New Approach to Assessing Traffic Related Air Pollution

Drivers and passengers who carry their smartphones while driving could help researchers predict the amount of air pollution along their routes. As the use of GPS-linked smart phones like iPhones continues to increase, researchers at the Mailman School of Public Health are putting this new source of data to work. A recently published study aimed both to assess the validity of crowd-sourced traffic data maps and to develop models that use this traffic data to determine the contributions traffic has to air pollution levels.

Traffic-related air pollution, including black carbon, is associated with several poor health outcomes. These air pollutants are associated with respiratory and cardiovascular diseases, cancer, and together are considered a trigger for ischemic strokes.

In the summer and early fall of 2017, Columbia scientists studied three highly trafficked areas in the South Bronx, NY. At the first site, an exit ramp off of US Interstate 87, the team installed a radar device to monitor the flow of one-way traffic. In the same vicinity, an air monitor was used to determine the levels of black carbon in the air. The same measurements were taken at another location, called site B. The third location, site C, was only monitored for air pollution, and instead of radar data, the researchers used traffic data published by the Department of Transportation.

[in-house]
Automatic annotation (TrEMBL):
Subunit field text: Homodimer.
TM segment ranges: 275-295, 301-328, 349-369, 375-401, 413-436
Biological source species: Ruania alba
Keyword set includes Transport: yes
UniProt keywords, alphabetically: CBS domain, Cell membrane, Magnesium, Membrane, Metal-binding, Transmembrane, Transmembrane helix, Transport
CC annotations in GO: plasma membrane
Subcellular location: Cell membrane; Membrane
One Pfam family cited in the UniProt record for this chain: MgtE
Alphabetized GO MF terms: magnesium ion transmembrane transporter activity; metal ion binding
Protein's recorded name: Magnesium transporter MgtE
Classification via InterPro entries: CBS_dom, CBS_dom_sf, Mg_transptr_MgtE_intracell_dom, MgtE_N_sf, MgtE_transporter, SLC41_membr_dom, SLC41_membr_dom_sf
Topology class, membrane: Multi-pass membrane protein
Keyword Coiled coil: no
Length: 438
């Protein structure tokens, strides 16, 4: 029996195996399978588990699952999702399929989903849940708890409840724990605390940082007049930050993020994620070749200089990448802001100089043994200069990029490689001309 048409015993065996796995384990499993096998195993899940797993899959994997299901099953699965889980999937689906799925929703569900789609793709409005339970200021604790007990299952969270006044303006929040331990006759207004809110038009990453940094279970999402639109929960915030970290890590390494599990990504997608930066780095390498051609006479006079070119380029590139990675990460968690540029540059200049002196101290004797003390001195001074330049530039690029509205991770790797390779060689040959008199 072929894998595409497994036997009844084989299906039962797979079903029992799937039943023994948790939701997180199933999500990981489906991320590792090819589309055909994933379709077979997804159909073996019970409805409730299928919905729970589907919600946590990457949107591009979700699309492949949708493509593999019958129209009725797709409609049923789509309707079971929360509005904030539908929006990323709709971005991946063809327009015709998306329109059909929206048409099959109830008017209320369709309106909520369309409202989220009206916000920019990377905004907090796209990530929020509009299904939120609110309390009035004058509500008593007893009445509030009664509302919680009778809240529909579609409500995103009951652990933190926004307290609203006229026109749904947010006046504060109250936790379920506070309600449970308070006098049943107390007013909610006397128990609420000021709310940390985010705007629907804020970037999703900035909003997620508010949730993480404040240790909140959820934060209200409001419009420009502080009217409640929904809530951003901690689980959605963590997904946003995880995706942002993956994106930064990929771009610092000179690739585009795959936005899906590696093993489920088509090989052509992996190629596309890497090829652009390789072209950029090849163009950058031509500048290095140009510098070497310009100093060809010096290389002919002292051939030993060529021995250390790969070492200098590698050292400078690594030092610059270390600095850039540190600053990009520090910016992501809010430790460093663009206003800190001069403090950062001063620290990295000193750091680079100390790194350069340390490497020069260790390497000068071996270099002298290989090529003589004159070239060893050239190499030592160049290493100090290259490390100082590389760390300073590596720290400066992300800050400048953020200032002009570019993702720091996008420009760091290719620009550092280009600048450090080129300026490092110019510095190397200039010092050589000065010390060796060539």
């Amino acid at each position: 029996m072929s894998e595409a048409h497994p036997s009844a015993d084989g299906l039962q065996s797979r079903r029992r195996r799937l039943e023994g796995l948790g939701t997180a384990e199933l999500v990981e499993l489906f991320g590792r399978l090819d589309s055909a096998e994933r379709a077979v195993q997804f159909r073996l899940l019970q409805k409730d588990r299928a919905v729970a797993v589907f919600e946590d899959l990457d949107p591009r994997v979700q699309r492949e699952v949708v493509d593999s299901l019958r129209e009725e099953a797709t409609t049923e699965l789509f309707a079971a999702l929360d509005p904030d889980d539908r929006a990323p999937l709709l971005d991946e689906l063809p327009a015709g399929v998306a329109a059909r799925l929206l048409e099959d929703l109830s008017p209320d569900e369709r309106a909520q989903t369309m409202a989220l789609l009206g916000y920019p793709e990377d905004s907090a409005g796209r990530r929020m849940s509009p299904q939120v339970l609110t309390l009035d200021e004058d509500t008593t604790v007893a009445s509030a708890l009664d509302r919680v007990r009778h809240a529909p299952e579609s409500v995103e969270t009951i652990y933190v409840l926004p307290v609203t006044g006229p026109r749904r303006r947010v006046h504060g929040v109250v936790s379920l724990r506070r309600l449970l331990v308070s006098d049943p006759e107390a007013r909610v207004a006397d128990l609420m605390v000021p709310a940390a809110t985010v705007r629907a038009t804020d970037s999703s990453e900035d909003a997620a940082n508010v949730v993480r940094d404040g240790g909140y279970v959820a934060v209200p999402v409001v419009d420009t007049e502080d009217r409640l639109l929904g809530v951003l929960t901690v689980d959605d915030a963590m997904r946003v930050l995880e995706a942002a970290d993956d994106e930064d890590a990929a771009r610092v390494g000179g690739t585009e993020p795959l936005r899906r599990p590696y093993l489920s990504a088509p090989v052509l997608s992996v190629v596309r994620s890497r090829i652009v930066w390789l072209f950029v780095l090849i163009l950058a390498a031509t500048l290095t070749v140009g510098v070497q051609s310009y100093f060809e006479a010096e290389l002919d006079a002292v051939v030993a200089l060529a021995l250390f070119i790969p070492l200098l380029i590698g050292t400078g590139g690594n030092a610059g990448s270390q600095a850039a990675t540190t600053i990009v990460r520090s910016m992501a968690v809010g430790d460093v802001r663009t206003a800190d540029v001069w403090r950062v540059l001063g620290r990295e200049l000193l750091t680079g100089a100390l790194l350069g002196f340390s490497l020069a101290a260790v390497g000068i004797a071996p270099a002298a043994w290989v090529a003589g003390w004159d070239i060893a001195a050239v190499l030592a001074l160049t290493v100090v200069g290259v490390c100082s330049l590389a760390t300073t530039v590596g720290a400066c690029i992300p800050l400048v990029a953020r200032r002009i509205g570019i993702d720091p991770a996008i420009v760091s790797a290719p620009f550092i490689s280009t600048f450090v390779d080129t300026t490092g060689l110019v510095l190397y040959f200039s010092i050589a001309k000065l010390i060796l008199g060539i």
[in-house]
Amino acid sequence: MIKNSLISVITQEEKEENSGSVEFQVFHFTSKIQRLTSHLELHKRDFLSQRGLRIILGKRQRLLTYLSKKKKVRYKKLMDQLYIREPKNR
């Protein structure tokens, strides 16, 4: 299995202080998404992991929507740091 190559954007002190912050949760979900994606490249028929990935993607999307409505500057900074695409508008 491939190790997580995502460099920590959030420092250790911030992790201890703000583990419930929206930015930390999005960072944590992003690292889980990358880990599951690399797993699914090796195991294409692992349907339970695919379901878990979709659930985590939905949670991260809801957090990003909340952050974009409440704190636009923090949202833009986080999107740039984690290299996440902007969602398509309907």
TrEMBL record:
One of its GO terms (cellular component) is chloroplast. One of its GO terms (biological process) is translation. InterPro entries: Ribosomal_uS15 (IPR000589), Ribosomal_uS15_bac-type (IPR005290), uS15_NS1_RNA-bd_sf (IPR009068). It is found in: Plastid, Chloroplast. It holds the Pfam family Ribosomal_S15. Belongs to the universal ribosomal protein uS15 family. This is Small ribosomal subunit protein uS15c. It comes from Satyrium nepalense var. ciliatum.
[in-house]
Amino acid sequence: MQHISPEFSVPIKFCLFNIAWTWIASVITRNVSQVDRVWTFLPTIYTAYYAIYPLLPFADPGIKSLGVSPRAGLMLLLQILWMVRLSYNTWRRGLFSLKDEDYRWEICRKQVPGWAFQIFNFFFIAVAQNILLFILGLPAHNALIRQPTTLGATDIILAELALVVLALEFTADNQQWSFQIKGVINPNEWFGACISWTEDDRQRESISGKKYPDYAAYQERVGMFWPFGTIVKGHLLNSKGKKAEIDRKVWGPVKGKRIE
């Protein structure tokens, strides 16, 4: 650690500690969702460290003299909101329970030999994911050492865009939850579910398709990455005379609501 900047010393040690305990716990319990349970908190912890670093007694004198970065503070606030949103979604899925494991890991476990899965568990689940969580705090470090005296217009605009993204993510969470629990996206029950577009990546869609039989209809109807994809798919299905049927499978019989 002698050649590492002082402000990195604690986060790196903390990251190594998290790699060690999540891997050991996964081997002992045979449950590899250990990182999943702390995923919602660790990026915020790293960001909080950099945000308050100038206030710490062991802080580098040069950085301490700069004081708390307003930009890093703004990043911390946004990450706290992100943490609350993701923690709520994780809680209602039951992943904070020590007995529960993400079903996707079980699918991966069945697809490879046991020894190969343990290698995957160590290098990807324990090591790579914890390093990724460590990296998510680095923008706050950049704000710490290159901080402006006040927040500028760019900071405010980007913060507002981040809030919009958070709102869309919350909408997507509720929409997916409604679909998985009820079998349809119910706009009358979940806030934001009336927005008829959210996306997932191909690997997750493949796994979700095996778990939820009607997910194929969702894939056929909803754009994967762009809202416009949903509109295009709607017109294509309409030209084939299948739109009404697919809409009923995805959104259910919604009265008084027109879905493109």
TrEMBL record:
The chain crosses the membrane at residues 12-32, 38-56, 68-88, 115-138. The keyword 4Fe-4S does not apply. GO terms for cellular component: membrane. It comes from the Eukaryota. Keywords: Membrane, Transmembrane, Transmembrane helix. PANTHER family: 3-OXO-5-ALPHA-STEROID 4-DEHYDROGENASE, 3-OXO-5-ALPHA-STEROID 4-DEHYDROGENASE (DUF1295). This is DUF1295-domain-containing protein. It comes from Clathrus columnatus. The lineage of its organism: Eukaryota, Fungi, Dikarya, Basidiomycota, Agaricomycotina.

While collecting data from the radar and air monitors, the researchers also downloaded the crowd-sourced traffic data produced by GPS-enabled cell phones traveling in cars, as well as hourly weather data.

In comparing all of their collected data, the researchers found that levels of primary air pollutants like black carbon can be estimated from models that use radar-calibrated crowd-sourced traffic data from smart phones. The researchers conclude that there is major potential for crowd-sourced traffic data in modeling air pollution. With the magnitude of this information available to all, it is likely that researchers and advocacy groups will use it to reduce trucking routes, etc. that contribute to air pollution and ultimately poor health in the Bronx.

Hilpert M,  Johnson M, Kioumourtzoglou MA, Domingo-Relloso A, Peters A, Adria-Mora B, Hernández D, Ross J, Chillrud SN. A new approach for inferring traffic-related air pollution: Use of radar-calibrated crowd-sourced traffic data. Environment International 2019 Jun;127:142–159. doi: 10.1016/j.envint.2019.03.026.

Sign up for updates from our Center

Click on the button to subscribe